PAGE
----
National security career opportunities at Nuclear Security Enterprise Day
The Texas A&M University System National Laboratories Office hosted Nuclear Security Enterprise (NSE) Day on Sept. 9. The NSE includes the National Nuclear Security Administration (NNSA) and laboratories and other sites around the country managed by the NNSA that maintain the nation’s nuclear stockpile. The NSE is among the nation’s largest employers of students in STEM fields.
Brian M. Smith, deputy associate administrator for management at the NNSA, said in his keynote address that the nuclear enterprise would hire more than 8,000 new employees across the STEM disciplines this year. These opportunities will address some of the world’s most complex engineering and scientific issues involving the safety and security of the nuclear stockpile, supporting the U.S. Navy’s nuclear propulsion fleet, and responding to nuclear and radiological emergencies in the United States and abroad.
“The workforce demographics are favorable for college students today,” Smith added. “Supervisors are often only a few years older than them, so the common ground of shared experiences, as well as the visual representation of the possibility for upward mobility is immeasurably valuable and unique.”
More than 80 students from the College of Engineering attended the annual recruiting event. Students from West Texas A&M University, Prairie View A&M University and other A&M System universities attended the event as well.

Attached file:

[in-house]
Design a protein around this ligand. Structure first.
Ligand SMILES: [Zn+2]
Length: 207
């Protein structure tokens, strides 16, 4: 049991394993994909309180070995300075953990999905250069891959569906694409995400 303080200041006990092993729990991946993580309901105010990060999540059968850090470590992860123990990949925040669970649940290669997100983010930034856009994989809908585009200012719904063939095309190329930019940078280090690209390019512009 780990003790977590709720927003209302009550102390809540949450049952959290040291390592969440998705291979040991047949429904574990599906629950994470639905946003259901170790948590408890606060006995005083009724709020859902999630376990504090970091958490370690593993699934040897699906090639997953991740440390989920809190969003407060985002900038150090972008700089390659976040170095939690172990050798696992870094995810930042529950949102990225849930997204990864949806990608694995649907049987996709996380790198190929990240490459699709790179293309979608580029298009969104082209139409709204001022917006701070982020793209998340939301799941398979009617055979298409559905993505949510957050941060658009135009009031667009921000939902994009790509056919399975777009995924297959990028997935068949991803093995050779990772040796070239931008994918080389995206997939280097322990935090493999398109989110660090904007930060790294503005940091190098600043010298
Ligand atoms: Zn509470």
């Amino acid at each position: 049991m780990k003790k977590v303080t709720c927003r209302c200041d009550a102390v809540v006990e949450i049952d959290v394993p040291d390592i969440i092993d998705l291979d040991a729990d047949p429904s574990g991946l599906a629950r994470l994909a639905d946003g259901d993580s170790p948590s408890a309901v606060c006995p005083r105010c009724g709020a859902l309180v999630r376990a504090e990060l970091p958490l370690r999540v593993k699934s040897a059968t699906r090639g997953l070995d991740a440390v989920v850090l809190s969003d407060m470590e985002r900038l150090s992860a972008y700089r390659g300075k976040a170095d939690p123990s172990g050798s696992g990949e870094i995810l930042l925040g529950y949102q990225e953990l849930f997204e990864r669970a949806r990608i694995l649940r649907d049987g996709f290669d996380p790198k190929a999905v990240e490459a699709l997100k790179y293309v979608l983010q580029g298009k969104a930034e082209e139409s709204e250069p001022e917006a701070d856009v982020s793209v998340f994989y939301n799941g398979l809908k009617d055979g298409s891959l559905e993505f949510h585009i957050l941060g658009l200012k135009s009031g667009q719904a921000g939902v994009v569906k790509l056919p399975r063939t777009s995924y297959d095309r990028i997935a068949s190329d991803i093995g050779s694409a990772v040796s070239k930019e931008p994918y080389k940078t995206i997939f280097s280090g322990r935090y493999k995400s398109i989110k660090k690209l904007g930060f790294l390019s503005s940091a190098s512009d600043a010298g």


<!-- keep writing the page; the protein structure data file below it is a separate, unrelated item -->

NSE Day also featured graduate and undergraduate panel discussions designed to provide students with the opportunity to ask questions and learn about internships and jobs at national labs. Ryan Vrecenar from Sandia National Laboratories explained that internships are key for recruitment at national labs and expanded on the freedom interns have to shape their own research projects. “I’ve worked with students who have done projects in areas such as software analysis, software development and machine learning,” he said. “The ability to choose their own projects essentially means interns have a hand in molding the future career they want for themselves.” There are also opportunities to network and collaborate across labs, which further opens up future career opportunities.
For students who aren’t sure if they have what it takes to pursue an internship or fellowship, Dustin LeClair from the NNSA had a few words of advice. “Show that you have an interest in your major beyond classes. Be a well-rounded person who can work with others, and have an interest in technology. Good writing skills help as well since effective communication is important. No one wants the conversation about a stray comma or grammar mistake to distract from an otherwise sound argument.”
At the NSE Day career fair, hiring managers were available to collect resumes for open job postings, internships and fellowships. Technical representatives from various companies and national labs spoke with students about employment opportunities and other benefits such as professional development and tuition reimbursement programs.
“This industry is great about helping employees better themselves by supporting advanced degrees and certifications since all that effort is usually fed back into the job,” said JD Mohundro from Honeywell. “Things like tuition reimbursement are usually based on a manager’s assessment of need, but for engineering, you often don’t even need to make a business case since engineering is the business.”
Texas A&M is one of only a handful of prestigious universities selected to host an NSE Day event to engage STEM students interested in a career with the NSE. This was Texas A&M’s second NSE Day.